For the Zenfone 6, Asus didn’t want to make a phone that’s the same as all the others. But it hasn’t just come with a new look, Asus has also approached the core technology in a way that’s different from everyone else. The result is not only one of the most interesting Asus phones in a while, but also one of the most versatile.
Digital Trends visited Asus in Taipei, Taiwan, to take a close look at how the Zenfone 6 was developed, and to get an early hands-on with the new phone. Just ahead of the launch in Valencia, Spain, a final review model was placed in my hands, ready for an in-depth look before our final review verdict.
The Zenfone 6 was conceived around four principles: A big-screen viewing experience, long battery life, fast and smooth performance, and photographic creativity. Lofty goals, but hardly unique. However, Asus has delivered on them in some unusual ways. To achieve the big-screen view and the creatively enabling camera, it has built an impressive motorized flip-around camera, so the 19:5.9 aspect ratio screen doesn’t have a notch or a hole punch. It gets its performance from a Snapdragon 855, and for the long battery life, the Zenfone 6 has a giant 5,000mAh cell inside.
That’s the largest battery in any flagship smartphone at the moment, but does that make it the thickest and heaviest flagship at the moment? It’s definitely thick at 9.1mm, but at 190 grams, it’s relatively light compared to its rivals. The phone’s 3D, curved Gorilla Glass 3 rear blends into the metal chassis, while the Gorilla Glass 6 over the screen stands proud of the body. This technique masks the size of the phone both visually and when you hold it.
If, like me, you admired the uniqueness of the Asus ROG Phone, the Zenfone 6 also has its own identity, while being more usable on a daily basis than the gaming phone.
The motorized flip-around camera system is the feature everyone will talk about. To facilitate the notch-free screen, Asus has made its own interpretation of the pop-up motorized camera. From the back of the phone, the dual-lens cam looks like any other, but to take selfies, it flips over the top of the phone. Almost everything you can do with the rear camera, you can do for selfies too.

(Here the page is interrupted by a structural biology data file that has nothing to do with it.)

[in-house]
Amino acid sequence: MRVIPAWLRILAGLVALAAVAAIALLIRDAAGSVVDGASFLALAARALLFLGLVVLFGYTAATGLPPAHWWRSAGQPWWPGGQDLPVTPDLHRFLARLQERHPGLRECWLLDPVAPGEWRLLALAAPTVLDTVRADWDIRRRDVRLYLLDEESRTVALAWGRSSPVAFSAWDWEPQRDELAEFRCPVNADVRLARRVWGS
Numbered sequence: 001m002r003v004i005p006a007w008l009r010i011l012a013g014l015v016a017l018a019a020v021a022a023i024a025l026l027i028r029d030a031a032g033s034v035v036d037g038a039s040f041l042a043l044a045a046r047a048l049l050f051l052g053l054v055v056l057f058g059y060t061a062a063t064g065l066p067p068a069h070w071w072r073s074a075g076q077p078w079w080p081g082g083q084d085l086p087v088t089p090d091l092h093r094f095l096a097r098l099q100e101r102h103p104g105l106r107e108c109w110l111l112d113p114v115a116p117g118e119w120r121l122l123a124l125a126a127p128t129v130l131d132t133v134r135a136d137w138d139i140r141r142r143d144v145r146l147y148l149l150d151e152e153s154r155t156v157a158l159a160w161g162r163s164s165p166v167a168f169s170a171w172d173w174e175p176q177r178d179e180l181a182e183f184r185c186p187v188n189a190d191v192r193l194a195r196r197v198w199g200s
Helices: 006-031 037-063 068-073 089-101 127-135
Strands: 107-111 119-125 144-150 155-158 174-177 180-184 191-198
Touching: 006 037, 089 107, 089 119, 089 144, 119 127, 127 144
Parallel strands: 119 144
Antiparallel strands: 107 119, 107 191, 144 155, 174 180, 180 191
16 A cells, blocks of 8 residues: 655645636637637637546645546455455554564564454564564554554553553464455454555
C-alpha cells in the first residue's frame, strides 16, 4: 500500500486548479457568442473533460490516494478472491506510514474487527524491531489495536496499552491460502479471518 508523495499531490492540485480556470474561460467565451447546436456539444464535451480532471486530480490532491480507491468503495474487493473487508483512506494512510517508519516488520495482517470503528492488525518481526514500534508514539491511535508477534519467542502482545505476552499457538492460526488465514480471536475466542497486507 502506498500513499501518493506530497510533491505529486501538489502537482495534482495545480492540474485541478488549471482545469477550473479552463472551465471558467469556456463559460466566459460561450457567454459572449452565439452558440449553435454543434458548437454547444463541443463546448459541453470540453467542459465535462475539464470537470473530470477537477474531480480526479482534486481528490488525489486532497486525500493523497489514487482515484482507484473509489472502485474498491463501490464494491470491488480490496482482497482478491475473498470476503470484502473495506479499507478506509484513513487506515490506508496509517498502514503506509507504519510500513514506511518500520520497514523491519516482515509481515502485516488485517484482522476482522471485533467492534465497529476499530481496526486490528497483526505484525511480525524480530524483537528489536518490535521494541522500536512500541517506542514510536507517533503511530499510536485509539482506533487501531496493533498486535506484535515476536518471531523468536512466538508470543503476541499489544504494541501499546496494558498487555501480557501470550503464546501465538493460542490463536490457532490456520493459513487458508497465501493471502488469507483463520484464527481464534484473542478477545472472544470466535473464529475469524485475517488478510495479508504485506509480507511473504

The motorized flip-around camera system is the feature everyone will talk about.
A Sony IMX586 48-megapixel camera sensor is the star of the Zenfone 6’s lens array, and it’s joined by a 13-megapixel ultra-wide lens, all wrapped up inside a wonderfully complex module made of highly durable, super-lightweight liquid metal. How complex? There are 13 gears inside delivering the torque needed to flip the camera around. In a regular pop-up camera, there are usually only five gears. The tiny module also has 17 power cables and 32 signal cables, which have all been wrapped up inside a single 2mm-thick cable. That’s before you count the gravity sensor, the gyro, the hall sensor, and the camera sensors.
Liquid metal was chosen for durability, as it’s four times more resilient than stainless steel, and the mechanical movement has been tested to 15,000 cycles. It’s really clever, too. For example, it works with the proximity sensor so it won’t accidentally open or close when it’s against the side of your face — helpful if you’ve got long hair and don’t want it caught in the mechanism — and the gyro automatically flips the camera closed when it senses the phone is being dropped. Asus has examined more than a hundred different scenarios to make the camera system user-friendly and not just a gimmick.
What’s it like? Using it is so much fun. Yes, fun. The rotation moves through 180-degrees, and you can stop it at any point by using an on-screen slider or even the volume keys. We love the automatic panorama mode, where the camera itself moves to capture the scene, rather than you following directions on the screen. It even tracks movement, so you can follow a subject on the move without always being concerned about watching the viewfinder. Finally, Asus has added its own pop-up camera control overlay so you can use the feature in apps like Instagram and Twitter.